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Elantric

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Elantric's Bio
« on: January 24, 2008, 03:53:00 PM »

Im Steve Conrad
I grew up in both southern and northern California, and Chicago.




At age 7, I was inspired to play guitar after watching the Chantays record the surf hit "Pipeline" at Wentzel's Music Town, 13117 Lakewood Blvd,  Downey California  - back in 1962. My mom was a major R&B record collector and would drag me from record store to record store all over the LA area .



http://acerecords.co.uk/intoxica-strange-and-sleazy-instrumental-sounds-from-the-socal-suburbs
Quote
Downey is in Los Angeles County, ten miles from Downtown Los Angeles, and is famous for three things. One is the oldest existing standard McDonald’s. The second would have to be the Carpenters. The singing stars who appealed to the silent majority with the ordinary taste. The third is Wenzel’s Music Town. Downey Records was in the back of Wenzel’s Music Town, a record store serving Southern California's music lovers for 40 years. Downey Records achieved notoriety with recordings like the Chantays’ ‘Pipeline’ and the Rumblers’ ‘Boss.’ Since the Wenzels retired in 2002, only the McDonalds is still open for business.

Wenzel’s Music Town sat at 13117 Lakewood Blvd., just inside the Downey city line, and was one of the best collector’s record stores in Southern California. Tom and Maxine Wenzel ran Wenzel’s as an “oldies” store from 1972, until they retired, but it was at this location that Tom’s father, Bill, and his older brother, Jack, ran the Downey studio and record label from 1959 until the late 60s.

The store was divided in two halves, with the more interesting stuff through to the left, through a doorway with a velvet rope across it. Permission was needed to pass the rope, and when I visited in 1978 I was surrounded by four walls racked out with 45s, and was unsupervised. I didn’t know it then but this was the actual room that the recordings had been held in. A collector who knew the store had told me to go to the bathroom, and look up above my head. There, on a rickety old shelf piled high, were the original master tapes from the Downey studio and label. It became part of the experience of visiting Wenzels. The last time I saw those tapes was in 1991, when I interviewed Tom Wenzel for Goldmine Magazine, and the masters remained there in the dark, protected from the California sun, until the store closed. Now, after all these years, we are presenting these wonderful recordings in this series. Very many have never been heard before.

INTOXICA! is the first in a series presenting the Downey output by genre. Even more interestingly, the first comp out of the gate is an instrumental collection, but not a surf comp. No Pipeline here. The Downey vaults have been trawled thoroughly in order to bring straight-from-the-masters quality (and in the doing of it, discovering that the released sides were only the tip of an iceberg!). This collection features instrumentals from the gamut of young bands from the California beach communities and as far east as Las Vegas; cabaret acts from the lounges of Lake Tahoe and Palm Springs; mixed in with some great R&B names who used Downey’s studio and cut some fine instros of their own. The theme that links them all together is a quirky sense of cinematic drama and fun, a certain sleaziness, a love of analogue tape echo, and all recorded in an experimental fashion the equal of Joe Meek, who was working contemporaneously in London.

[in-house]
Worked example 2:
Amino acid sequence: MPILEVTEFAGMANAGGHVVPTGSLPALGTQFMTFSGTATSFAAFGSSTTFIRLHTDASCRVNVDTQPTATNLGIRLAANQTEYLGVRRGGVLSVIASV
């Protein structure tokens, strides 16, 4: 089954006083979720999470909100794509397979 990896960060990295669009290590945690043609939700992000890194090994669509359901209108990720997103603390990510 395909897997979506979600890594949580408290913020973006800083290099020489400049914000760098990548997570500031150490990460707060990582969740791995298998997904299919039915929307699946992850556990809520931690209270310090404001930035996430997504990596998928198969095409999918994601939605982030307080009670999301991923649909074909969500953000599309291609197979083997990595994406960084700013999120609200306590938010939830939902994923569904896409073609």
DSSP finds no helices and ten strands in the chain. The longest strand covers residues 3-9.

This collection will appeal to the instrumental collector, and the lover of lounge-sleaze. This comp has oodles of rare sides and seven unreleased gems. Familiar names likes the Revels, Rumblers, Nevegans and Hustlers rub shoulders with the R&B of Chuck Higgins and Little Caesar. A treat for connoisseurs of the strange!

- See more at: http://acerecords.co.uk/intoxica-strange-and-sleazy-instrumental-sounds-from-the-socal-suburbs#sthash.YTFluICr.dpuf



I lived around the corner from Wentzel's on Woodruff, near Rio San Gabriel elementary school. - this was only a few blocks away from Paul Bigsby's shop on Phlox Street in Downey , California ( he was a motorcycle mechanic who built guitars for Merle Travis and invented the Bigsby Vibrato) 

http://www.premierguitar.com/articles/Forgotten_Heroes_Paul_Bigsby

- also home of the Carpenters, and Dave Alvin and The Blasters, and North American Rockwell - who designed the Apollo command module that orbited the Moon. 
http://www.losangeles.com/nightlife/records.html

My Father worked for General Motor's Ball Bearing division, and he once visited Leo Fender in 1959, to sell him Ball Bearings for a guitar vibrato prototype that never left his R&D lab.


 and GM moved our family around the country every few years - so it was rather like being an Army brat.

Between 1962-63 We lived in Glendora, California - and my older brother was friends with a younger brother of the local surf band - the Surfaris (Wipe Out)
http://en.wikipedia.org/wiki/The_Surfaris

Then in mid 1963 we moved to Cupertino, CA
 Been playing guitar since 1967, Performed in the Santa Cruz / San Jose , CA  area in the late 1960s, ( I saw bulk of the San Francisco bands live in the park in their heyday) then I lived in Chicago in 1970 - 1978, - used to sit in and play blues at Kingston mines coffee house in Chicago), The Quiet knight, Aaron Russo's Electric Playground.
(1972 - Darien, Illinois - with my 1961 SG Special, 1971 Plush "Twin Reverb" atop a 1968 Fender Dual Showman cab loaded with JBL D130F 15" speakers.




Thats me on the far right performing at Northern Illinois University with "Eugene Buxley band" - a southern rock /CSNY type band.


 After college  at NIU (DeKalb, Illinois), I moved back to Los Angeles.   I wrote and performed the incidental music for a cult SCI-FI film "LazerBlast", which aired a lot on Mystery Science Theatre 3000.